Michelle McNamara’s tragic legacy and impact beyond the grave
The East Area Rapist, the Original Night Stalker, the Visalia Ransacker, all are names for the Golden State Killer. Before Joseph James DeAngelo was arrested in April 2018, there was one name associated with the case of the Golden State Killer: Michelle McNamara.
Michelle McNamara’s debut posthumous true crime book I’ll Be Gone in the Dark was released two months before DeAngelo’s arrest. For years, McNamara was obsessed with piecing together the mystery of the killer. In fact, McNamara coined the name Golden State Killer before the arrest rather than numerous names given.
McNamara was obsessed with true crime, documenting unsolved cases on her website TrueCrimeDiary. The case that never seemed to let her go, however, was that of the Golden State Killer. In one post on the subject, she wrote, “I’m obsessed. It’s not healthy.”
The tragedy of it is that McNamara never lived to see an arrest made. She died, suddenly and tragically, on April 21, 2016, from an accidental overdose exacerbated by a heart condition. Her book was then pieced together by her husband, Patton Oswalt, along with assistance from her longtime friend investigative journalist Billy Jensen and crime writer Paul Haynes.
Oswalt, talking with the New York Times, said that the research into the Golden State Killer for I’ll Be Gone in the Dark did take a negative toll on his late wife. He recalled an incident when he was trying not to wake McNamara after getting home late and she swung a lamp at his head, thinking him for an intruder.
On the accidental overdose that killed McNamara in 2016, Oswalt said, “It’s so clear that the stress led her to make some bad choices in terms of the pharmaceuticals she was using. She just took this stuff on, and she didn’t have the years of being a hardened detective to compartmentalize it.”
Even so, McNamara was relentless and dogged in her pursuit to find the identity of the killer. No lead was too small for McNamara as she tried to get a lead on the identity of the Golden State Killer.
This leads up to I’ll Be Gone in the Dark, which is one of the most fascinating reads for any true crime fan. The book is unfinished, pieced together from her notes and pages with editorial corrections on it. McNamara’s obsession jumps from the page as she relentlessly tries to piece together avenues of investigation, tries to generate leads from memories fuzzy from decades past.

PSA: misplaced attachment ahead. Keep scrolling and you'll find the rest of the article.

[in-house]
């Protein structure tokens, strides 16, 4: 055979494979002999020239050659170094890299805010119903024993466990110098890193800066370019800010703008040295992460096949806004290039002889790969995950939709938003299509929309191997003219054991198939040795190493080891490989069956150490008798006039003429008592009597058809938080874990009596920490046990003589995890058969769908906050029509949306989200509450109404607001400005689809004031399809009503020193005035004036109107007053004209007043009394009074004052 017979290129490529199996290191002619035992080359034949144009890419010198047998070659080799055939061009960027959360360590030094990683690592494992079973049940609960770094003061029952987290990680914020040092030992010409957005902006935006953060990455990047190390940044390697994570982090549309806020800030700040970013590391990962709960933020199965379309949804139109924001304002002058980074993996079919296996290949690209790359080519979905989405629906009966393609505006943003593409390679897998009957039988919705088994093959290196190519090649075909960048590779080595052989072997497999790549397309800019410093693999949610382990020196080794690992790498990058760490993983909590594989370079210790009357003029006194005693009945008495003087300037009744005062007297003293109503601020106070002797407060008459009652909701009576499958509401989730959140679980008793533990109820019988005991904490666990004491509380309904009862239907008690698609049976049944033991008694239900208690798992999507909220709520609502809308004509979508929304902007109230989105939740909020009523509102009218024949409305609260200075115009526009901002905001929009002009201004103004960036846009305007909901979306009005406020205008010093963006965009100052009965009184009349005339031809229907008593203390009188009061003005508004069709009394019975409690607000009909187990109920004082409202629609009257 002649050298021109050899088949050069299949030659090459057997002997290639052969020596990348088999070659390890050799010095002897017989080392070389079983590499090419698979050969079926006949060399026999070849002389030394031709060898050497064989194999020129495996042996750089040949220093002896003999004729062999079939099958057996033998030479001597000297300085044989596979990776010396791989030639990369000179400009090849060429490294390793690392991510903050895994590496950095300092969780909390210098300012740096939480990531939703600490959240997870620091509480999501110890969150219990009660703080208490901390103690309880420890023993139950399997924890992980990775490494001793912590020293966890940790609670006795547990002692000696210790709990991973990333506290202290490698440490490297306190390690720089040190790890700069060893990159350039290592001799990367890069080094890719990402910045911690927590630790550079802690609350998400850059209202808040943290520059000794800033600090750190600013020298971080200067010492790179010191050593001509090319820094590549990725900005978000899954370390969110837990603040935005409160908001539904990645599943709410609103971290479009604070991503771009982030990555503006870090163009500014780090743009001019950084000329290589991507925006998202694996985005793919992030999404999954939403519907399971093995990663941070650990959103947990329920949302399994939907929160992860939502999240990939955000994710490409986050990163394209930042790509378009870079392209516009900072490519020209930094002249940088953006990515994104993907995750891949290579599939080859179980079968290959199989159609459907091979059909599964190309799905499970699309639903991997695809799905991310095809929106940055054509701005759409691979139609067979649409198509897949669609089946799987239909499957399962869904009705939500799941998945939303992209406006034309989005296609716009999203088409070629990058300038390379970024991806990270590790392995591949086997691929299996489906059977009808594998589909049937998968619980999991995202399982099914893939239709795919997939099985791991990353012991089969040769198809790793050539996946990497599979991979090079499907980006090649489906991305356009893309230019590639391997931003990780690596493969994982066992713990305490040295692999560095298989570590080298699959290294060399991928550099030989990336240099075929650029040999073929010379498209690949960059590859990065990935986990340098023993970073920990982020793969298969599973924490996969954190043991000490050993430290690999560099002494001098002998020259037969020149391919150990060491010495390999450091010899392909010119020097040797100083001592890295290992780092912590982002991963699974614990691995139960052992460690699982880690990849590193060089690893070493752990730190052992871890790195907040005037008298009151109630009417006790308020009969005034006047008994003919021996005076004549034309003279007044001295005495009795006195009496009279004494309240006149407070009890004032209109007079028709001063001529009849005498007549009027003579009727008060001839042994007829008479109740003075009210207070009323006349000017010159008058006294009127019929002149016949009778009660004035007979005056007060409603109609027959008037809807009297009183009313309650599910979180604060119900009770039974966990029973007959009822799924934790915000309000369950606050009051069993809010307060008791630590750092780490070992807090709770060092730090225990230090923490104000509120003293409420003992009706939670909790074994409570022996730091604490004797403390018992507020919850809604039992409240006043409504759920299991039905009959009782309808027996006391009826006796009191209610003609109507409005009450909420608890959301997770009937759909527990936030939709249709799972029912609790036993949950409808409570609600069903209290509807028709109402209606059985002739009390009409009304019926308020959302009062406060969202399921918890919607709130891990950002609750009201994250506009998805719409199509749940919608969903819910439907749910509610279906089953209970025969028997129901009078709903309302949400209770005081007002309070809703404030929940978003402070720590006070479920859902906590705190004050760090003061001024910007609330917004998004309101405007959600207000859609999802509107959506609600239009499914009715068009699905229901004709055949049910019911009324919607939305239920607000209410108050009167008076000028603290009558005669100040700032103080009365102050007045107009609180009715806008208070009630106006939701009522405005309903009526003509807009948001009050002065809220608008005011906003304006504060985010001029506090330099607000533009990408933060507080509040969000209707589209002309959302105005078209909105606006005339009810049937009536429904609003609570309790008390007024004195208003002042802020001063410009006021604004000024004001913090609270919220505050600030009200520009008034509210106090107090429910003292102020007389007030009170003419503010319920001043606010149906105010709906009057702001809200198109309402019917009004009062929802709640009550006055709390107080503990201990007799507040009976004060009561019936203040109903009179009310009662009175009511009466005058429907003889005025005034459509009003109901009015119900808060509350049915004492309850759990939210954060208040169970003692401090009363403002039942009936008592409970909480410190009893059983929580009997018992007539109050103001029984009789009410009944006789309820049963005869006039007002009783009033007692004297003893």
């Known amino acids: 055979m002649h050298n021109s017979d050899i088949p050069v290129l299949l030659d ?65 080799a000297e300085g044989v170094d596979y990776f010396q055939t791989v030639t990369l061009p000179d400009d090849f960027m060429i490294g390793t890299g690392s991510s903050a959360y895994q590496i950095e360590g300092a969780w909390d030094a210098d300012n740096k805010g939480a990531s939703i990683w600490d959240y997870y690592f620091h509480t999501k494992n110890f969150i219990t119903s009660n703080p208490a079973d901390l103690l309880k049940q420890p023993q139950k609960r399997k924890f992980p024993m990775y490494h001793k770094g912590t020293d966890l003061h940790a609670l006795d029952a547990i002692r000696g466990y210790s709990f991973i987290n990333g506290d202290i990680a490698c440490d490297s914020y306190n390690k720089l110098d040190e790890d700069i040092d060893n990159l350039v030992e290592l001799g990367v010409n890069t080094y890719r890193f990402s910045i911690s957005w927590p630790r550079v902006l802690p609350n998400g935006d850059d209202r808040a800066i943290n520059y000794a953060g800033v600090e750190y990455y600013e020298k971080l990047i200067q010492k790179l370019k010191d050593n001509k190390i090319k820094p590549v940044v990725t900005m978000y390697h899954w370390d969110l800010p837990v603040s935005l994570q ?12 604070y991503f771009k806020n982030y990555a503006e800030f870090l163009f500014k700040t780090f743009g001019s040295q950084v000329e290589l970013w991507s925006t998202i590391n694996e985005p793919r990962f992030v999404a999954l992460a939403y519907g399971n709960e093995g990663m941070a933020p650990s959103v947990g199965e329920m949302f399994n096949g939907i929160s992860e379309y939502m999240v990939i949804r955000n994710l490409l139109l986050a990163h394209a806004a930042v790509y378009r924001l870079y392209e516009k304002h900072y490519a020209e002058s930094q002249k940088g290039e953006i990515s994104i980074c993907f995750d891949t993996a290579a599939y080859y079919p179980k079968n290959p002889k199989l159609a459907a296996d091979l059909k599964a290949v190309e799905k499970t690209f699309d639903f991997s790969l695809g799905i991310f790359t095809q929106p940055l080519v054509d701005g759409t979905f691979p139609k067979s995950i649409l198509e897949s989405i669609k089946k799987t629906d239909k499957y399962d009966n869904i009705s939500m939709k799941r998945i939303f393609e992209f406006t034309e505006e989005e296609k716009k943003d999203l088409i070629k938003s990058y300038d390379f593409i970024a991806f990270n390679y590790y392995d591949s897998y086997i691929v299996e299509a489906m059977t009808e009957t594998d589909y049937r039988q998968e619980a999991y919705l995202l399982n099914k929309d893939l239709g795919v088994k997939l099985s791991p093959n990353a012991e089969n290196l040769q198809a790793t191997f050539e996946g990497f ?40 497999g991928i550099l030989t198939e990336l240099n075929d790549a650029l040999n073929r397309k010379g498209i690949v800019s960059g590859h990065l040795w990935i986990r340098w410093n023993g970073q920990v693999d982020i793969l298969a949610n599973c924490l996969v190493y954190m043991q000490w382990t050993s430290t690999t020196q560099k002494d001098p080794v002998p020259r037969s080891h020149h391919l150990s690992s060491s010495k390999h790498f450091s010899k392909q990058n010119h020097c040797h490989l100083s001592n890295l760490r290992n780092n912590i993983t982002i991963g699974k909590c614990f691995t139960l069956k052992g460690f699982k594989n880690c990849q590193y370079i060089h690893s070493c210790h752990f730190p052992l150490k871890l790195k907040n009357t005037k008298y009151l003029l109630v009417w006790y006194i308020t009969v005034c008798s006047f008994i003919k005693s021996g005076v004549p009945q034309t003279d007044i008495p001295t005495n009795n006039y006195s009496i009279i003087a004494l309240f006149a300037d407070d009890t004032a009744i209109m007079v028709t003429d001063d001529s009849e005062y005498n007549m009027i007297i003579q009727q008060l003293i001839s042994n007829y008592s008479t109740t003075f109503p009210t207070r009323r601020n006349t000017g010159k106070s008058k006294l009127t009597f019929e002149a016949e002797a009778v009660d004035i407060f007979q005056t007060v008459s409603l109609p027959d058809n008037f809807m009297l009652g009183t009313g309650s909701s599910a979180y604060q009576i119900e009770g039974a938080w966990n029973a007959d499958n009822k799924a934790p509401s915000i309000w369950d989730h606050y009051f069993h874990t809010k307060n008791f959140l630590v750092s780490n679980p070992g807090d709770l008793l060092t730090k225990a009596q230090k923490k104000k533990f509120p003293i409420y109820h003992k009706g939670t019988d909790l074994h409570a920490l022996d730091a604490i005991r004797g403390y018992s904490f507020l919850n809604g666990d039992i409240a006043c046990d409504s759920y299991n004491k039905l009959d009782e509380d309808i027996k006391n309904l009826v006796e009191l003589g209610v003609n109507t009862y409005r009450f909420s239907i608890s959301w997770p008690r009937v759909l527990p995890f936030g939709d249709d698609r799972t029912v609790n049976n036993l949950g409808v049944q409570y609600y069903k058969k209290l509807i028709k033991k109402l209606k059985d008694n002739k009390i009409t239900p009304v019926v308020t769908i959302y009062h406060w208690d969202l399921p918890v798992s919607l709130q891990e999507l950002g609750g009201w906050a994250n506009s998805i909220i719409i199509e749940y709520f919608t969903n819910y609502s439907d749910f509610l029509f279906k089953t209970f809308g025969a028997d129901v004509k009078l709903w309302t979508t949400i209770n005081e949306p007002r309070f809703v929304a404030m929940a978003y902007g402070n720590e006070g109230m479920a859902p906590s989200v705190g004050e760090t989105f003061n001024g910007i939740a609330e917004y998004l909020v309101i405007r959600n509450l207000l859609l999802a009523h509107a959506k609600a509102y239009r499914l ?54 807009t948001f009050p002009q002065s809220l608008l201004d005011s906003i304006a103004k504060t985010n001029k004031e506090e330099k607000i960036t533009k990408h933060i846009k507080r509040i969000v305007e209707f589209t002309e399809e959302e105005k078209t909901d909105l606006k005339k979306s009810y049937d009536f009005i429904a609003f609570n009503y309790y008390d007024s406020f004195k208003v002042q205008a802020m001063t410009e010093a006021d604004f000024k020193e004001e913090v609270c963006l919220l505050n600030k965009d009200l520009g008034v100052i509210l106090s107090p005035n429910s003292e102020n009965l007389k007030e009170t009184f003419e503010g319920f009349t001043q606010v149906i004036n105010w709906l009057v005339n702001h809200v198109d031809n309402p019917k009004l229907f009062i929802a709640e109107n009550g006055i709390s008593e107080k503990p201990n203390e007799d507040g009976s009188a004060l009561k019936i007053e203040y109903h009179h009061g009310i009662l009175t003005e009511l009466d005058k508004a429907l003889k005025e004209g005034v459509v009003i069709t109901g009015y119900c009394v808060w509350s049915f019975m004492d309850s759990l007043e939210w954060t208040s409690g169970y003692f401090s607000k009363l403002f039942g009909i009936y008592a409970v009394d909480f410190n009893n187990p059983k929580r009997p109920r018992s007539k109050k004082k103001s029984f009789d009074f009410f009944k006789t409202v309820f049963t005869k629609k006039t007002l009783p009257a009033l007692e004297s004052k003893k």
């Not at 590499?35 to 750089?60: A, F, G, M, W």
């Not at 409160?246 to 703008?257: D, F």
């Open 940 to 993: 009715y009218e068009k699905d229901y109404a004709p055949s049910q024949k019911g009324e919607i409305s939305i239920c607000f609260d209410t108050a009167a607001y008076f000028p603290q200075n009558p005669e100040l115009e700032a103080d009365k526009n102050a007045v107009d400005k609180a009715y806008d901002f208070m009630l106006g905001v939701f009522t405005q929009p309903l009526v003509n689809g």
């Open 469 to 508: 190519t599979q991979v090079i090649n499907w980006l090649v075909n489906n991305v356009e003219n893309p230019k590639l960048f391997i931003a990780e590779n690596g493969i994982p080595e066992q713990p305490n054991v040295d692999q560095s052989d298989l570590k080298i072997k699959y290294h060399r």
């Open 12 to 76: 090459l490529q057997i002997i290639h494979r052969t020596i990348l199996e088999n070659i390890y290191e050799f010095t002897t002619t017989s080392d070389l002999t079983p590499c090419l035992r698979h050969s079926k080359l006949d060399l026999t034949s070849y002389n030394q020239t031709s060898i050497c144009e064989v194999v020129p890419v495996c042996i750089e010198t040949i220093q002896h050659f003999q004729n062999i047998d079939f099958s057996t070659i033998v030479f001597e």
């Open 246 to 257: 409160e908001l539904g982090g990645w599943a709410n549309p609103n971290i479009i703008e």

The book is one of the most compelling reads. Yes, in part, because of the tragedy of McNamara’s death and how, perhaps, trying to catch this killer led to circumstances surrounding it. It’s a tragedy as you feel her on every page, but now that McNamara is gone. She talks about her own personal journey throughout the process of writing I’ll Be Gone in the Dark.
It guts you as you fall into page after page of it.
In the final pages of the book, there’s a letter from McNamara to the Golden State Killer. She writes, imagining the day when the police come to arrest him.
From I’ll Be Gone in the Dark:
“The doorbell rings.
No side gates are left open. You’re long past leaping over a fence. Take one of your hyper, gulping breaths. Clench your teeth. Inch timidly toward the insistent bell.
This is how it ends for you.
‘You’ll be silent forever, and I’ll be gone in the dark,’ you threatened a victim once.
Open the door. Show us your face.
Walk into the light.”
McNamara’s work was published two months before James Joseph DeAngelo, a retired police officer living in Sacramento, was arrested using DNA from a genealogy website. The announcement of his arrest was big in the true crime community that day with many Twitter users quoting the above passage.
In her book, or the notes that Jensen and Haynes made sense of, McNamara did think that use of a genealogy DNA site would be the best route to go for an identification on the Golden State Killer.
While police credited McNamara’s dedication for raising public awareness and need to see the Golden State Killer cases solved, they said that no leads were generated from I’ll Be Gone in the Dark. Even so, Oswalt and other fans believe that McNamara’s dogged pursuit in going after the Golden State Killer was key in getting the case solved.
There is a docuseries in the works from HBO also titled I’ll Be Gone in the Dark, which is directed by Emmy winner Liz Garbus. While it went into production in 2018, we cannot find a credible release date for the project.